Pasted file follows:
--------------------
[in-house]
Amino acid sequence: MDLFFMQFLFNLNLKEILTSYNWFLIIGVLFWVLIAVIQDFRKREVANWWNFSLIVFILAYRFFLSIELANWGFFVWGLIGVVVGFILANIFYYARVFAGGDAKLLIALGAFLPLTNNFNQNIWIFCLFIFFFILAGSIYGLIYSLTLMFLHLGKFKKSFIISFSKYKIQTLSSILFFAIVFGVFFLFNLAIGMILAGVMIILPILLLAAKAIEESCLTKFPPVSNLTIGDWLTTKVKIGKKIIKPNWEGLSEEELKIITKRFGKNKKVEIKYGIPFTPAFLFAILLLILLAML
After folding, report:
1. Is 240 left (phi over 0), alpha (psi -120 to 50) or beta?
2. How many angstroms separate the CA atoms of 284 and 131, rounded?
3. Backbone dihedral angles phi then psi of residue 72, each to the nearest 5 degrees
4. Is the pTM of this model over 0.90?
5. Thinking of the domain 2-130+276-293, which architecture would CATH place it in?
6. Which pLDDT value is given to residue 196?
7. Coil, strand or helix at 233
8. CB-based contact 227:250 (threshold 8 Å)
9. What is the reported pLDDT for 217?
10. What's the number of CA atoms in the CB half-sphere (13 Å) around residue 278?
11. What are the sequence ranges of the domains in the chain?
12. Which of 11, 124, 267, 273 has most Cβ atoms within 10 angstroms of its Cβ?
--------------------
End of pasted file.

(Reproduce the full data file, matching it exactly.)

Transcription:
[in-house]
Amino acid sequence: MDLFFMQFLFNLNLKEILTSYNWFLIIGVLFWVLIAVIQDFRKREVANWWNFSLIVFILAYRFFLSIELANWGFFVWGLIGVVVGFILANIFYYARVFAGGDAKLLIALGAFLPLTNNFNQNIWIFCLFIFFFILAGSIYGLIYSLTLMFLHLGKFKKSFIISFSKYKIQTLSSILFFAIVFGVFFLFNLAIGMILAGVMIILPILLLAAKAIEESCLTKFPPVSNLTIGDWLTTKVKIGKKIIKPNWEGLSEEELKIITKRFGKNKKVEIKYGIPFTPAFLFAILLLILLAML
After folding, report:
1. Is 240 left (phi over 0), alpha (psi -120 to 50) or beta?
2. How many angstroms separate the CA atoms of 284 and 131, rounded?
3. Backbone dihedral angles phi then psi of residue 72, each to the nearest 5 degrees
4. Is the pTM of this model over 0.90?
5. Thinking of the domain 2-130+276-293, which architecture would CATH place it in?
6. Which pLDDT value is given to residue 196?
7. Coil, strand or helix at 233
8. CB-based contact 227:250 (threshold 8 Å)
9. What is the reported pLDDT for 217?
10. What's the number of CA atoms in the CB half-sphere (13 Å) around residue 278?
11. What are the sequence ranges of the domains in the chain?
12. Which of 11, 124, 267, 273 has most Cβ atoms within 10 angstroms of its Cβ?